Vaccinating your puppy is a critical step in preventing common but preventable diseases that have high mortality rates. The DA2PPC booster is a vaccine that provides your puppy with his core immunizations except rabies, and it protects against several serious diseases including distemper and parvo. Your vet will help you set up a regular booster schedule to keep your puppy safe from these serious diseases.
The DA2PPC vaccine protects puppies and dogs against distemper, adenovirus type 2, parvo, parainfluenza and coronavirus. These diseases are especially deadly in puppies.
Distemper is a very contagious viral disease affecting the respiratory and nervous systems. Puppies can get distemper from many animals including foxes, coyotes, skunks and raccoons. Adenovirus type 2 causes kennel cough and is related to the herpes virus. Parvovirus often attacks the intestinal lining, causing severe diarrhea. Puppies who contract parvo often die of dehydration or heart failure. Parainfluenza is another disease that contributes to kennel cough. Coronavirus causes severe diarrhea and vomiting similar to parvovirus.
How Vaccinations Work
Vaccinations introduce a killed virus into the puppy's system. The system creates an immune response without becoming sick from the virus. The puppy then has the antibodies necessary to kill off any live viruses it encounters.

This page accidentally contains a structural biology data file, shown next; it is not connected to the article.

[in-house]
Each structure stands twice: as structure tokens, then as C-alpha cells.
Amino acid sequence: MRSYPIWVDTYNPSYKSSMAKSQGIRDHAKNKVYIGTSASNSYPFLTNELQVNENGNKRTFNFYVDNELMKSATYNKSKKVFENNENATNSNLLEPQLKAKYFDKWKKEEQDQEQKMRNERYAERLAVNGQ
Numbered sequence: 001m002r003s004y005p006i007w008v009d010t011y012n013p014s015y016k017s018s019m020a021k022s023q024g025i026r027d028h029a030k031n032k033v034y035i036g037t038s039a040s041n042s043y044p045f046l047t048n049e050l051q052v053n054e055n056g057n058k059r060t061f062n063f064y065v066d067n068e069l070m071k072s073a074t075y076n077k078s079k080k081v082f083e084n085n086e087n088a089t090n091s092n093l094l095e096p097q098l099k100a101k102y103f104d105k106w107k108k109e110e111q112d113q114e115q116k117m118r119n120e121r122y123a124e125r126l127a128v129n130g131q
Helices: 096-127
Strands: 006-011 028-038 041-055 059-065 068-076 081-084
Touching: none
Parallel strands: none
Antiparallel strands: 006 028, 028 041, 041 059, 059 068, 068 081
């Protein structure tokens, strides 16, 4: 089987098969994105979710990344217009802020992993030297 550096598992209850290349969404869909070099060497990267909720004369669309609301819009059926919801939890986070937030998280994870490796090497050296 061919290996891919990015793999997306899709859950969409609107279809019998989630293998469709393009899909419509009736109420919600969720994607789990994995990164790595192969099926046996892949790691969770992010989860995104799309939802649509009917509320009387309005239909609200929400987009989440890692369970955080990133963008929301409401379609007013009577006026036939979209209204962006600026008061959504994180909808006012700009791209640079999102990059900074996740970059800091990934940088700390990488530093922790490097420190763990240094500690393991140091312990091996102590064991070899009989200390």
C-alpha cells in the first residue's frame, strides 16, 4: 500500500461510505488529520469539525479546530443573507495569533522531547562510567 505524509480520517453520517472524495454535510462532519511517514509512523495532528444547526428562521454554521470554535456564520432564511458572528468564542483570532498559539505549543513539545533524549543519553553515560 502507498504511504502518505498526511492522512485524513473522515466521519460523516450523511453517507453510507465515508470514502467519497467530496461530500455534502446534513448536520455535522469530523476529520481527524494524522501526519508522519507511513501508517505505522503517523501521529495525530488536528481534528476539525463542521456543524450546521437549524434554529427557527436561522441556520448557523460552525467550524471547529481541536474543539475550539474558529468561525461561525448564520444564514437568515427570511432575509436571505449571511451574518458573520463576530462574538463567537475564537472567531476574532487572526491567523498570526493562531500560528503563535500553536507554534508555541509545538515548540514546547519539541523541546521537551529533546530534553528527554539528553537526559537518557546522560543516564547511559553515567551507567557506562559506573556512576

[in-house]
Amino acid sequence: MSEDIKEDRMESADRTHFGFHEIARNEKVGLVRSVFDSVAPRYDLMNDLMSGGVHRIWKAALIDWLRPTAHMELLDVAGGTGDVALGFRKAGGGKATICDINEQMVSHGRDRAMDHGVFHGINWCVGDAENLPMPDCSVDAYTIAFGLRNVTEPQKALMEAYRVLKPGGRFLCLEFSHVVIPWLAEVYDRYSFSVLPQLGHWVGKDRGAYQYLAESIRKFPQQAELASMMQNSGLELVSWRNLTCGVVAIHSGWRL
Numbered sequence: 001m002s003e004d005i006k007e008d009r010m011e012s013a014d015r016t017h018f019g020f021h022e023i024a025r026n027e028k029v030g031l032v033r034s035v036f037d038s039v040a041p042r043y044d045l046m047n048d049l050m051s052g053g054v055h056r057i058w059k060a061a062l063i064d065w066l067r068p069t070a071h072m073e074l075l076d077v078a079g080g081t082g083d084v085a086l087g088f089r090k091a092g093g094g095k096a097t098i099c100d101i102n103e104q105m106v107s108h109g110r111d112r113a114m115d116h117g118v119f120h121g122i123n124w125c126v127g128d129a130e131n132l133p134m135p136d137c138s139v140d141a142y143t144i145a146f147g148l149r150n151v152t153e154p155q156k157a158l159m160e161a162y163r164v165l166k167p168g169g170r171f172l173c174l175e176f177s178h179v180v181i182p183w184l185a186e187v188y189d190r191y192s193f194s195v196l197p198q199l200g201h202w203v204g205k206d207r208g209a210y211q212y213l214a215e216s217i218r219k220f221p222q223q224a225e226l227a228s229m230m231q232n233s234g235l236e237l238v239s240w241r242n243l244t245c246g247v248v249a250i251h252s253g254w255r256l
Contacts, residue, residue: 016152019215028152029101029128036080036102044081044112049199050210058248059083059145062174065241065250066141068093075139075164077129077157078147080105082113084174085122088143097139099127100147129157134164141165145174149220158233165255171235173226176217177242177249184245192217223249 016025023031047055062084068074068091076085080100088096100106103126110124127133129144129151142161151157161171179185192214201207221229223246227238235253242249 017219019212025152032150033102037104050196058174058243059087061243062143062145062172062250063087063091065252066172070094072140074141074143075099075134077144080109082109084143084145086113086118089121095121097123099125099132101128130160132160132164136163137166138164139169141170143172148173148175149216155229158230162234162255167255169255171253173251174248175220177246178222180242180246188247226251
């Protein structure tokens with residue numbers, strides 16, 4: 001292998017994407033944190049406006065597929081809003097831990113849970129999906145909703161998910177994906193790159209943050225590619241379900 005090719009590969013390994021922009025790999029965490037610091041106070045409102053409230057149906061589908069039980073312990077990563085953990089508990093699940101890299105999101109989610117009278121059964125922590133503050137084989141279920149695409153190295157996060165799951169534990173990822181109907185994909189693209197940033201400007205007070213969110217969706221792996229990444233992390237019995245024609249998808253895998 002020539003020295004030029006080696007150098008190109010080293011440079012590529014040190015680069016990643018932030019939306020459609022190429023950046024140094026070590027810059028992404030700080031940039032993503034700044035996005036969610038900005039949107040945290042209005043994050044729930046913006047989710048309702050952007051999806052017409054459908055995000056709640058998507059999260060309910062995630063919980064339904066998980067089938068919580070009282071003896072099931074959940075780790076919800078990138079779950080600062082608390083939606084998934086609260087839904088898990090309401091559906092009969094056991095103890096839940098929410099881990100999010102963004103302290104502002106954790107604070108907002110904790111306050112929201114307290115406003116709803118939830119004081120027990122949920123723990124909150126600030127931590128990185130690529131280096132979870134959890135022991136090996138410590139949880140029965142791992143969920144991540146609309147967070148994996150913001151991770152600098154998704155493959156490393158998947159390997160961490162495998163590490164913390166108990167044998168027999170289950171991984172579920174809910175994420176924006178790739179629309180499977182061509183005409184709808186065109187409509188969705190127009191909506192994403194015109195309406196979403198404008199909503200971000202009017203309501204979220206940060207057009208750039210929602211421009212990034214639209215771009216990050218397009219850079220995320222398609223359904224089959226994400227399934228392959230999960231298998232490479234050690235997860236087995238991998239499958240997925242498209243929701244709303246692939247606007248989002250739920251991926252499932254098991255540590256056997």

Take your puppy in for his first dose of the DA2PPC booster when he's 6 to 8 weeks old. After that first dose, your puppy will receive four boosters, one every three to four weeks. Once your puppy finishes the initial vaccination series, he should receive an annual booster to maintain immunity. Your vet will set up a vaccination schedule and will help you decide what other vaccines might be necessary in your area.
The DA2PPC booster protects your puppy against deadly diseases, but vaccinations sometimes have negative side effects, which usually are mild. They can include swelling at the injection site, lethargy and mild fever. Your puppy should return to normal within a couple of days. Sometimes vaccinations cause more serious side effects or allergic reactions that require immediate veterinary care. These include hives, swelling of the face or neck, and continual vomiting or diarrhea.
Maureen Malone started writing in 2008. She writes articles for business promotion and informational articles on various websites. Malone has a Bachelor of Science in technical management with an emphasis in biology from DeVry University.